In recent years, there has been a growing interest among general people, researchers and policy makers in income inequality, its causes, and its effects. The most popular index of income inequality is the ‘Gini index’ which measures the inequality among levels of income of the people of any country. A Gini coefficient of zero means perfect equality, where everyone has the same income, and a Gini coefficient of 1 (or 100%) expresses maximum inequality.

For meaningful comparisons among different countries with respect to their levels and trends in income inequality we need comparable data. National surveys on households’ incomes and expenditures in different countries provide data on the Gini index of these countries for some years. However, we are not in a position to use these data for cross-country comparisons due to various reasons. In those surveys there are differences in the population covered, differences in coverage on geography, age and employment status, differences in the definition on welfare (whether to use market income or consumption data), differences in the use of equivalence scale (whether to use household per capita or household adult equivalence), and differences in the treatment of various other items, such as non-monetary income and imputed rents. The Standardized World Income Inequality Database (SWIID), introduced in 2008, provides a dataset on income inequality that facilitates comparability for the largest possible sample of countries and years. A custom missing-data algorithm is used to standardize data on cross-country income inequality using the data from national surveys (Solt, 2016). Using the SWIID database, the World Economy Database (WED) version 9.1 has generated a time series database on the “Gini index” for 207 countries over the period between 1970 and 2015 by filling missing observations with the help of different estimation methods.

Using the WED 9.1, we have produced a scatter plot diagram with data on Gini indices for 207 countries in 1980 in the horizontal axis and data on Gini indices of the same countries in 2015 in the vertical axis. In the scatter plot, dots around the 45 degree line are the countries with ‘no or very small’ changes in Gini indices during 1980-2015; dots above the 45 degree line are the countries which experienced an increase in the Gini index; and finally, dots below the 45 degree line are the countries which experienced a decline in the Gini index. Out of those 207 countries, 18 experienced ‘no or very small’ changes in Gini indices, 109 experienced increases and 80 experienced declines. Among the 8 south Asian countries, 5 countries (Afghanistan, Bangladesh, India, Pakistan and Sri Lanka) observed rises while the rest 3 countries (Bhutan, Maldives and Nepal) experienced declines. We also brought China and South Korea into the picture, and it appears that the Gini index in China increased quite astonishingly, whereas that of South Korea declined.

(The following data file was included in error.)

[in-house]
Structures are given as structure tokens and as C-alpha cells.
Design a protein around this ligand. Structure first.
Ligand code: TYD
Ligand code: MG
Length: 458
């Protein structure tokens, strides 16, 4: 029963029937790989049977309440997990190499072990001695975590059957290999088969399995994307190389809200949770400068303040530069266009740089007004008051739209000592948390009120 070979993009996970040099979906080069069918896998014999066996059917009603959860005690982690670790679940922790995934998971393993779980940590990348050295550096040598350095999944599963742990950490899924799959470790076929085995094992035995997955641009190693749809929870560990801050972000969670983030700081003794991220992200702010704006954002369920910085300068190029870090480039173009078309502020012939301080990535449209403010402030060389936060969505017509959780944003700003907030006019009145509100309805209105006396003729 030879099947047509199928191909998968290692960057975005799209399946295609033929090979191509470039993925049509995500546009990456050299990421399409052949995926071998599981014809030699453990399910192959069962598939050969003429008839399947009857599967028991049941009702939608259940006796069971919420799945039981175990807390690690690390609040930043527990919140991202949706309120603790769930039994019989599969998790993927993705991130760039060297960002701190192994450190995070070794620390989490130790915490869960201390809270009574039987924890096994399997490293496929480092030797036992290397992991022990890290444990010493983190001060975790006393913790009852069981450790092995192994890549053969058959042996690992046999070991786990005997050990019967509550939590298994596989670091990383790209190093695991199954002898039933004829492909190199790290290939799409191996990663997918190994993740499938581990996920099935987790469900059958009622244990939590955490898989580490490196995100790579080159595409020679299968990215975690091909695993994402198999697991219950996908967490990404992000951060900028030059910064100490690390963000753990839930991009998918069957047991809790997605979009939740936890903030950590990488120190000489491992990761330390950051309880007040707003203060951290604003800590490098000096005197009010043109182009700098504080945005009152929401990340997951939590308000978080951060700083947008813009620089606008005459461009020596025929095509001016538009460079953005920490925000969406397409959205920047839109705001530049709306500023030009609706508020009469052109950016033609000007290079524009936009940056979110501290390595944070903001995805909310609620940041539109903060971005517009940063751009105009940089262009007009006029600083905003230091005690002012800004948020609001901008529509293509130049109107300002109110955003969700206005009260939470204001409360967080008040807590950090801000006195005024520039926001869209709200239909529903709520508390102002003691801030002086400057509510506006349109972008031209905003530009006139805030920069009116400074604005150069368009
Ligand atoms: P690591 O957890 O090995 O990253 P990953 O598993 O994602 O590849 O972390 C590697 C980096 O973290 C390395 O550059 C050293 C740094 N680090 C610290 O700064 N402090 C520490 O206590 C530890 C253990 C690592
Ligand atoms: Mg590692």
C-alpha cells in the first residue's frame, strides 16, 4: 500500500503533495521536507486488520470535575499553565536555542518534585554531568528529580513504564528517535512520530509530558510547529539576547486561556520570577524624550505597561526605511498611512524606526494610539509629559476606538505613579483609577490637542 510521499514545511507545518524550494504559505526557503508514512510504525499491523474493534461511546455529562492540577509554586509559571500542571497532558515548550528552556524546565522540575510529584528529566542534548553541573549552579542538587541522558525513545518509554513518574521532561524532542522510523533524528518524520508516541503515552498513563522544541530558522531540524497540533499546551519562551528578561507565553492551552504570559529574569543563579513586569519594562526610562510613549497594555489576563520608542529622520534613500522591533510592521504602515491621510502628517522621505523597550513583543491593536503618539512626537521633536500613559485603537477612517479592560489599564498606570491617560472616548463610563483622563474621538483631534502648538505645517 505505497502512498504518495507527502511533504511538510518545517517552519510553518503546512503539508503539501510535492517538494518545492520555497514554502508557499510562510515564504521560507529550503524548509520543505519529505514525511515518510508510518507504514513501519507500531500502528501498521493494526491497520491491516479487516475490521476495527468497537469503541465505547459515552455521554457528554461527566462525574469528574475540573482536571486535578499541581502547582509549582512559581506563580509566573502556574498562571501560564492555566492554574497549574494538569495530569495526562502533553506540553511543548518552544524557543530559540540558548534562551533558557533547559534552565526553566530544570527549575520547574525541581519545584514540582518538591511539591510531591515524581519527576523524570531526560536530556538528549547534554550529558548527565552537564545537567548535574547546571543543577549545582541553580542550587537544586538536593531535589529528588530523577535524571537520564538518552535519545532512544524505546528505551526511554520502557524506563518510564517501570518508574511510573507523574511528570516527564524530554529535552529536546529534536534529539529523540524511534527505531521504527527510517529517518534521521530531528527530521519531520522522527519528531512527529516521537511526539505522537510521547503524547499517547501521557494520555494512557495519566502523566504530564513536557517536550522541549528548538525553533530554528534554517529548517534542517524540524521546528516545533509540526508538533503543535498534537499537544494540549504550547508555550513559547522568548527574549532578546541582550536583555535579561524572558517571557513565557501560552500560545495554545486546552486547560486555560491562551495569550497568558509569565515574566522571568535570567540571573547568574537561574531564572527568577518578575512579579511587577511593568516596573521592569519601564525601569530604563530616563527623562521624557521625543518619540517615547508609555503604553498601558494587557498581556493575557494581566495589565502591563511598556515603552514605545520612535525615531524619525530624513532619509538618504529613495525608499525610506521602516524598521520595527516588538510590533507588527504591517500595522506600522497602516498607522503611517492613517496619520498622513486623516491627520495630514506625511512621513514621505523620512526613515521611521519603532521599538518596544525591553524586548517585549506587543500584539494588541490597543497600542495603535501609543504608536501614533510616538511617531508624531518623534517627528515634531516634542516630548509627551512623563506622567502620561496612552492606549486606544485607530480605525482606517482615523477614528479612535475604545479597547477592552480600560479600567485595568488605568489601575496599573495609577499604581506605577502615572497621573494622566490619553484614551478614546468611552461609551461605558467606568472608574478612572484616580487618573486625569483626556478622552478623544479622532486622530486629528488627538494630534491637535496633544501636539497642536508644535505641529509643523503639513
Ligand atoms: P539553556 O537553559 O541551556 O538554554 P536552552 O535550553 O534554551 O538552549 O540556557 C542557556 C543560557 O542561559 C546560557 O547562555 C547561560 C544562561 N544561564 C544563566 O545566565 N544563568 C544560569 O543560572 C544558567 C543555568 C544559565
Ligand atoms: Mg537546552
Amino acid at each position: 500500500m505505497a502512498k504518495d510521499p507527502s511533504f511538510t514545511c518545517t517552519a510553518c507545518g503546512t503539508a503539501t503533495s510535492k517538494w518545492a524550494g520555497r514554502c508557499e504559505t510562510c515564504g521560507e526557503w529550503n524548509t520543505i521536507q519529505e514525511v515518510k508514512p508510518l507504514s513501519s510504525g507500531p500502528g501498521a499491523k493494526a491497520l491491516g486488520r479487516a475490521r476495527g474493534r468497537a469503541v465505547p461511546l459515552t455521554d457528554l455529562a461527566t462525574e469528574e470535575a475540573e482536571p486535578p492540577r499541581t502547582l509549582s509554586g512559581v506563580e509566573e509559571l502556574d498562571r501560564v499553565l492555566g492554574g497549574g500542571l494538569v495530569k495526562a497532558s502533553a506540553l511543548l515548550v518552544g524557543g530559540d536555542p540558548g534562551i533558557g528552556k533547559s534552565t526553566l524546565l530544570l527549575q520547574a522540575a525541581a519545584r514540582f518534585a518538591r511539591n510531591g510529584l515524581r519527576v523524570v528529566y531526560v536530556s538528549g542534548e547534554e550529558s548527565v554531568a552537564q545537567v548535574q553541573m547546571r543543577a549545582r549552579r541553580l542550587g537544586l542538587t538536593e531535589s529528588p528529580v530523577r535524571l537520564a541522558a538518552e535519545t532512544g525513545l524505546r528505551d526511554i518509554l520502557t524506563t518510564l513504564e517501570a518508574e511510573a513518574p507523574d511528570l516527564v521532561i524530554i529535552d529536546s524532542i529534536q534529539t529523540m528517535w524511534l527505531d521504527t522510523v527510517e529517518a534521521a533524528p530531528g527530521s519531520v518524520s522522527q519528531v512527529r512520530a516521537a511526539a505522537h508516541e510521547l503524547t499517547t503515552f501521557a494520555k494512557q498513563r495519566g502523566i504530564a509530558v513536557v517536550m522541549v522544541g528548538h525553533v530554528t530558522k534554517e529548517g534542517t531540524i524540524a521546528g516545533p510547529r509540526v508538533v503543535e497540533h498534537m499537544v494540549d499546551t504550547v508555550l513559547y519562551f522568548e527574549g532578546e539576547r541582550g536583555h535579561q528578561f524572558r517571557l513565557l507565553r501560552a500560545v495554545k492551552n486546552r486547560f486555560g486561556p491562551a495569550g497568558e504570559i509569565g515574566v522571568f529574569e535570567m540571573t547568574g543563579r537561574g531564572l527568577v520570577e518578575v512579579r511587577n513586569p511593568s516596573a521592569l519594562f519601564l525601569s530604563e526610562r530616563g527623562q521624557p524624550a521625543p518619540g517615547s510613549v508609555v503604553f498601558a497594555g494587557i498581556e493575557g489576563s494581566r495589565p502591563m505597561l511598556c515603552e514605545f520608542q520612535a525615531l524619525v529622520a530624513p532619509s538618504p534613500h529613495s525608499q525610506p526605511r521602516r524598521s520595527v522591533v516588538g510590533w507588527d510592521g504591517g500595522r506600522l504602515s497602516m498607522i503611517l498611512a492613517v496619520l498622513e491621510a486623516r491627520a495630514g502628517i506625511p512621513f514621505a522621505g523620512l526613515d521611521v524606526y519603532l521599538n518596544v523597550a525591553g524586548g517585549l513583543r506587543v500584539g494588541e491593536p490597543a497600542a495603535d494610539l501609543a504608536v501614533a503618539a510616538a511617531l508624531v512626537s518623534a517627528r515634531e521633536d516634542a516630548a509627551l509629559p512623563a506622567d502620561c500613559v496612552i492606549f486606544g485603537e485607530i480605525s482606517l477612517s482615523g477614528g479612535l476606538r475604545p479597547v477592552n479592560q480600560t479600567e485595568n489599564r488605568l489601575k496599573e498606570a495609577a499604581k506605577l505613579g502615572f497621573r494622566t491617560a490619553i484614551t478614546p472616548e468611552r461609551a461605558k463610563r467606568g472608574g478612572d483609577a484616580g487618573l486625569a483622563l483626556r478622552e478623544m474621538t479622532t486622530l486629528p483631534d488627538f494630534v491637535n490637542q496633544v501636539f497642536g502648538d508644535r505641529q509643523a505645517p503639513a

We have also categorized the values of Gini index as follows: a Gini index value lower than 30 is considered low; an index value between 30 and less than 40 is considered medium; an index value between 40 and less than 50 is considered high; and an index value above 50 is considered very high. Depending on these classifications, we can observe some interesting movements of the South Asian countries during 1980 and 2015. Afghanistan moved from a status of low inequality to medium inequality; Bangladesh moved from medium inequality to high inequality; though Nepal, Pakistan and Sri Lanka remained within the medium inequality range, Sri Lanka was at the border of high inequality; India moved from high inequality to very high inequality; and both Bhutan and Maldives moved from very high inequality to medium inequality. In comparison, China moved from low inequality to very high inequality, whereas South Korea moved from medium inequality to very close to low inequality.

We also explored the factors affecting inequality in the cross-country and over time contexts. Results from a fixed effect panel regression suggest that while rise in the real GDP per capita tends to have a small negative association with the Gini index, an increase in both life expectancy at birth and net secondary school enrollment are strongly associated with the decline in the Gini index. These suggest that, an increase in per capita real GDP is not a guarantee for the reduction in income inequality, whereas investment in social infrastructure with the aim of raising the life expectancy at birth and a rise in secondary school enrollment can be very instrumental in reducing income inequality.

Reference: Solt, F. (2016). “The Standardized World Income Inequality Database”. Social Science Quarterly.

First published at the Thinking Aloud on 1 September 2016

Published at The Daily Star on 1 September 2016